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    Well that... analysis is coming from someone that has skated and been highly involved with skating for 20 years.

    The judges gave him sky-marks for a whole lot of years, most of those years were under the old system where if you had a quad, you were pretty much garunteed a medal. And I didn't say that they over marked him at the Olympics (though maybe they did), I'm saying that Lysacek clearly deserved to win and the judges saw that.

    And yes, he is compareable to Mel Gibson.
     
  20. caseyedwards

    caseyedwards Well-Known Member

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    Mel Gibson is going too far. It is like a total LOL. People may not like him because he can come off as arrogant or conceited or he is a sore loser to some but just because someone is not liked that doesn't make them a Mel Gibson. Yes I can't go to any english language message board and find more than 2 or 3 fans of Plushenko but its not like he is a Mel Gibson type person!!!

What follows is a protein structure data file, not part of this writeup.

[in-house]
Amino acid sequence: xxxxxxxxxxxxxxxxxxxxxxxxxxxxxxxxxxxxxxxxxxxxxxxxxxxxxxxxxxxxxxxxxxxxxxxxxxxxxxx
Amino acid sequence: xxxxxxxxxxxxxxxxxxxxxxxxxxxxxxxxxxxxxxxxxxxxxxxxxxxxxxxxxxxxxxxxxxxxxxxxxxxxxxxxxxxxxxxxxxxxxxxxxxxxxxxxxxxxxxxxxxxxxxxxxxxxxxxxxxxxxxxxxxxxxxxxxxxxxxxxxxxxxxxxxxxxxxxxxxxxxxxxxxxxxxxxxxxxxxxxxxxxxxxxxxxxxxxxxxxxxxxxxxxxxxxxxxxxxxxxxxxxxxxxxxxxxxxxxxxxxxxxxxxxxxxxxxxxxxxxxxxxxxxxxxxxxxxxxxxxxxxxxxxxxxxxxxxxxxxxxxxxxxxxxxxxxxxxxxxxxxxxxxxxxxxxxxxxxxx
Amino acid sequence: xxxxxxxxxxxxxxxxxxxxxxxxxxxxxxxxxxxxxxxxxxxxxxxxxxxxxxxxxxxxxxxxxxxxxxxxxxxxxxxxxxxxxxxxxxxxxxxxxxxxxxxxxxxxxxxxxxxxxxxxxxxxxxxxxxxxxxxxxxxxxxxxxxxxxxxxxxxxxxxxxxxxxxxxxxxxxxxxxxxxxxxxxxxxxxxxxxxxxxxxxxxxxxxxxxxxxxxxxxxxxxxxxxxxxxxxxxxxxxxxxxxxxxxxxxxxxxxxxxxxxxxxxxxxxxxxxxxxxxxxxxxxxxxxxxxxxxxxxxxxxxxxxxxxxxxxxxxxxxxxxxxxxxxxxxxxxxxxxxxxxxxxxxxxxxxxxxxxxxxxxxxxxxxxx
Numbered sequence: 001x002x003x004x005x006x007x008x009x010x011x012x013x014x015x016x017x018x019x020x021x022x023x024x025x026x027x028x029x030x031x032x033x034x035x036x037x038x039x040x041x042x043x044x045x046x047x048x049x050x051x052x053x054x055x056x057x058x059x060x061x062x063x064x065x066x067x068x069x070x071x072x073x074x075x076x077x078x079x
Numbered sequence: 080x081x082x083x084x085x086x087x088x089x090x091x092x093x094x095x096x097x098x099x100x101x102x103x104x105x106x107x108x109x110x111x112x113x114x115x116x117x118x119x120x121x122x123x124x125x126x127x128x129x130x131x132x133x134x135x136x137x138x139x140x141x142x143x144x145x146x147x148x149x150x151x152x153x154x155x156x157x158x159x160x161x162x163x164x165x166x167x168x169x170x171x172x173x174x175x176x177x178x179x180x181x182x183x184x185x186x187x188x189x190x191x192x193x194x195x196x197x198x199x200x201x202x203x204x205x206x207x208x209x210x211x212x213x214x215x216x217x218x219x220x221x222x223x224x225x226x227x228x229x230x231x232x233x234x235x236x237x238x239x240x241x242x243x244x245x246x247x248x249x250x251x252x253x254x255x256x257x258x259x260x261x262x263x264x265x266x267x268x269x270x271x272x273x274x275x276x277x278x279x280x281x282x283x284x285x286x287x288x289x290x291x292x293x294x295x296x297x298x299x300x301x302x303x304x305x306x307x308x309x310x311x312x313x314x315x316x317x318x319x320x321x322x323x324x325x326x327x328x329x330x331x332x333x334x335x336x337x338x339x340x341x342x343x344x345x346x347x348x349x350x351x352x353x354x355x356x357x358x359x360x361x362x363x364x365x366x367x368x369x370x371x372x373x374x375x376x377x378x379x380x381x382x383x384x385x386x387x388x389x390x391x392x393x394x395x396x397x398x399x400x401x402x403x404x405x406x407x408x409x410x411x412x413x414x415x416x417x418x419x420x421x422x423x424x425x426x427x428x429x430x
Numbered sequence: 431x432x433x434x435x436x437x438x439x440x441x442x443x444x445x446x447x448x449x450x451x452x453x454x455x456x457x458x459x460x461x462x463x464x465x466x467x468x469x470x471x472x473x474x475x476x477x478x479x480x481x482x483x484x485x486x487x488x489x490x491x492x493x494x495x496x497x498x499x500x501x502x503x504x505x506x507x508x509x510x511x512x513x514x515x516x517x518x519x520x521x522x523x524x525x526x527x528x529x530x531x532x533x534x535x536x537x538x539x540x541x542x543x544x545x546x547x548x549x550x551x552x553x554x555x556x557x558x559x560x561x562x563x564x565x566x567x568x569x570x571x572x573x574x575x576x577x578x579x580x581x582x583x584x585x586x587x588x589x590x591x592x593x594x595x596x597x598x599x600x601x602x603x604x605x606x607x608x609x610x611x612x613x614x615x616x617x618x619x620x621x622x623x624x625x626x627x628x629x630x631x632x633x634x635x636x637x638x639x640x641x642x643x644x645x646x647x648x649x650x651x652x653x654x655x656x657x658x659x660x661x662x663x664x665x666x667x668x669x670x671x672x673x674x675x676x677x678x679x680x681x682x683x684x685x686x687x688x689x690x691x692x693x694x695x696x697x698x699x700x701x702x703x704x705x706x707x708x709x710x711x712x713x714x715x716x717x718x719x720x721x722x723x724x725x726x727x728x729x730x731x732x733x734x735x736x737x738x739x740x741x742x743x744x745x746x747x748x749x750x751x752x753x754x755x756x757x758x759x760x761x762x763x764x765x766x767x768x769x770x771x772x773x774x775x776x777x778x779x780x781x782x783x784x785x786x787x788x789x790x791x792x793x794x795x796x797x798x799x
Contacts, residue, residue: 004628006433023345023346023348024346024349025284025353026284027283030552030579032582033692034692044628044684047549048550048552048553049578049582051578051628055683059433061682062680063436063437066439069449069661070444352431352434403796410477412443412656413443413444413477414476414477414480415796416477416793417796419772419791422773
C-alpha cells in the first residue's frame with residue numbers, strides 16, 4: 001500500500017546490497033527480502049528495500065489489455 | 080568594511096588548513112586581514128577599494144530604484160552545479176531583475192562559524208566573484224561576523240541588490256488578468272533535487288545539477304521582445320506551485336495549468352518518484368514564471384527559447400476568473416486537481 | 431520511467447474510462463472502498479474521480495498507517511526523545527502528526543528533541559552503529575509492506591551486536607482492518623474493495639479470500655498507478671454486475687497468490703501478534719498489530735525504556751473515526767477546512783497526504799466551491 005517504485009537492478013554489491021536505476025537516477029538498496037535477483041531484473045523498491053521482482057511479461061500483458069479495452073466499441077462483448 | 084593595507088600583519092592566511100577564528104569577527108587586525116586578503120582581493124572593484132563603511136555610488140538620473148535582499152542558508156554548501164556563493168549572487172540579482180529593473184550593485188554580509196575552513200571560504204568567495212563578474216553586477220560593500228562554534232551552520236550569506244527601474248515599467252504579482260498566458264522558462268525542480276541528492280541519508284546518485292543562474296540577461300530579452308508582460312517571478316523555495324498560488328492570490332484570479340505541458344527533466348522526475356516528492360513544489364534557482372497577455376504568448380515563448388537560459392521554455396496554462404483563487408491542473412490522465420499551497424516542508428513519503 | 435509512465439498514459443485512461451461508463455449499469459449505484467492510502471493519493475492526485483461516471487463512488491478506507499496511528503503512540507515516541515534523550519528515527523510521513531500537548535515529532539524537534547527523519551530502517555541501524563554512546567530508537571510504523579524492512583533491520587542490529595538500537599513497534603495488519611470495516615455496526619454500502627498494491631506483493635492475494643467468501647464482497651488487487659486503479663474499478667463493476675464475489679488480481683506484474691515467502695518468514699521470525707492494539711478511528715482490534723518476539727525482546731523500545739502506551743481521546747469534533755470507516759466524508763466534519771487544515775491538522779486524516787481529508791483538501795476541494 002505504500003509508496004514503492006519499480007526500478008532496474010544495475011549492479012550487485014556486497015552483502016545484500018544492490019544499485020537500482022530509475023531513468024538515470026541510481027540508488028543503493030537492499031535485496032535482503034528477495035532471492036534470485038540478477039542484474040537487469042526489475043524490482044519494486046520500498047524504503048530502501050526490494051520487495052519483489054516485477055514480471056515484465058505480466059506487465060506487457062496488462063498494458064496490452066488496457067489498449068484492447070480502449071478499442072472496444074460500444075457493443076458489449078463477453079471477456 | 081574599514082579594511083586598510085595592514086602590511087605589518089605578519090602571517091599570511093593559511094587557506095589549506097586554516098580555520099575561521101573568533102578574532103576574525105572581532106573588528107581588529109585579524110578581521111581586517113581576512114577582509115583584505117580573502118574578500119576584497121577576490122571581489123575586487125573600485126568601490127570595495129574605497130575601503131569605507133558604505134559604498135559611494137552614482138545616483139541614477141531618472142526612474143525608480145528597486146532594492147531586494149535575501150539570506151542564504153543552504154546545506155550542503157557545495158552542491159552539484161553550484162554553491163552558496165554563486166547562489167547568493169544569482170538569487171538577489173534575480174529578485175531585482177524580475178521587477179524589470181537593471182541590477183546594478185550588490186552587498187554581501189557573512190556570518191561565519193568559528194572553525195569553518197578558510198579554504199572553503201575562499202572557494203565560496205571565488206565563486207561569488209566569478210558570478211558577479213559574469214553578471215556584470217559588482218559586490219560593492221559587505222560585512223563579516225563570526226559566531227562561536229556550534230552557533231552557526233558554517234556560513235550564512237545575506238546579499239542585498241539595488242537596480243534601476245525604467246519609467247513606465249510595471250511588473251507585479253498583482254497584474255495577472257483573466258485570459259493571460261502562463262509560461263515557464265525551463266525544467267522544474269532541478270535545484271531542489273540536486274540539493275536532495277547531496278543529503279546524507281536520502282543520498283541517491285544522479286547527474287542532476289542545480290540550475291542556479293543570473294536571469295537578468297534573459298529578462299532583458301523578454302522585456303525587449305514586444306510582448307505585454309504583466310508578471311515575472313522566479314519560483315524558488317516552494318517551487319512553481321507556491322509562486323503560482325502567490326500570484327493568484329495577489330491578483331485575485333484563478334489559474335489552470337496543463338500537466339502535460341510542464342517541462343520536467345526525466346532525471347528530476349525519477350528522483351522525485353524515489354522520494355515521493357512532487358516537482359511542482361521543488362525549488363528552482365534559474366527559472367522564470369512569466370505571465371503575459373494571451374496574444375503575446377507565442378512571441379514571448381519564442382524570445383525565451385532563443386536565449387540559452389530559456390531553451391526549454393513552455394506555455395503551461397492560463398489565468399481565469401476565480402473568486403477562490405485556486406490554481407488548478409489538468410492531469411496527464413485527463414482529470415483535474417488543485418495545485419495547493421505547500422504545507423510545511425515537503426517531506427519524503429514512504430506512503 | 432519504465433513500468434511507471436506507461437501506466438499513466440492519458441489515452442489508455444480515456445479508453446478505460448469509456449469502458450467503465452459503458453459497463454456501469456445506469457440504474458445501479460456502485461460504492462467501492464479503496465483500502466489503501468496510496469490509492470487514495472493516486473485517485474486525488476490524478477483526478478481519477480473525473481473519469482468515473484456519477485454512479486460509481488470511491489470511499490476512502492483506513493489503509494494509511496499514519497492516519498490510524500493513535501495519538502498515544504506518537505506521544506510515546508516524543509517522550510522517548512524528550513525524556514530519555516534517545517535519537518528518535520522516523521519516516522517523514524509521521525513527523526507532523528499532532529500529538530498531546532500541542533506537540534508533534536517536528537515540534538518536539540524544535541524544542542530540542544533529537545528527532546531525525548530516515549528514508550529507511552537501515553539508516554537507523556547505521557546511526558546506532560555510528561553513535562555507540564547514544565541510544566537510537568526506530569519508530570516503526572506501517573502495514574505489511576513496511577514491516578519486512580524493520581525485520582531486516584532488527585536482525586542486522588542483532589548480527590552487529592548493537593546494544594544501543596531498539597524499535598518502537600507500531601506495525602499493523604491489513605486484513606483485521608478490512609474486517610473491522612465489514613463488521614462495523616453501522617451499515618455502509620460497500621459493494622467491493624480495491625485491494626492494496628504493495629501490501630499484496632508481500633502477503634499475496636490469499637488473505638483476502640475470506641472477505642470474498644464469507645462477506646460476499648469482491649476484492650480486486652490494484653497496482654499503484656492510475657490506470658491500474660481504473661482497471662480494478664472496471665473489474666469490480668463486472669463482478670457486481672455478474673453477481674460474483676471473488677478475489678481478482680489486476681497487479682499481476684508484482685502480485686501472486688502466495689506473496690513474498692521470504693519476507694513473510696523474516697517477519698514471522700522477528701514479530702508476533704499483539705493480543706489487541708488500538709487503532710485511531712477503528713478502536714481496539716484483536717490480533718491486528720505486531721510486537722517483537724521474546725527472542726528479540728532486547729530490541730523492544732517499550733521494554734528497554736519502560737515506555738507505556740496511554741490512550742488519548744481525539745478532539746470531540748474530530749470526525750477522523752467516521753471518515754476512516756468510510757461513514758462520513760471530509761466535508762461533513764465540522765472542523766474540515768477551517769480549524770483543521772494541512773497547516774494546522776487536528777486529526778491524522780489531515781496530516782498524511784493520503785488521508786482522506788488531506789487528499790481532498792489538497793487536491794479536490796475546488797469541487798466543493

21. senorita

    senorita New Member

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    Sorry but the professionalism of the post disappears when your sentence starts like: Plushenko has terrible personality, Lysacek has great personality, unless you know both well and even then that is too subjective to claim judges mark according to that.
    And unless Mel Gibson has a mullet, I miss the comparisson, but it must be a culture difference thing.
    He might be controversial, but most hated is disillussional statement for many reasons that no need to explain, if you have been into skating for the last 20 years, you know skating is outside message boards and internet.
     
  22. museksk8r

    museksk8r Holding an edge and looking dangerously sexy

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    Gotta love the ignore feature. :revenge:
     
  23. aftershocks

    aftershocks Well-Known Member

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    Alexei Urmanov was a lovely skater who unfortunately got hit with unfair criticism because the judges weren't willing to reward Elvis at '94 Olympics with deserving gold. Even Urmanov was surprised to become Olympic champion that year, but in retrospect since Urmanov's career did not flourish afterward, I'm glad he has at least that reward for his wonderful skating talent. I think Kulik and Abt have some similar qualities. In any case, I'll take Abt and his so-called "rough edges" anyday, tho' to me his edges aren't quite that rough. ;)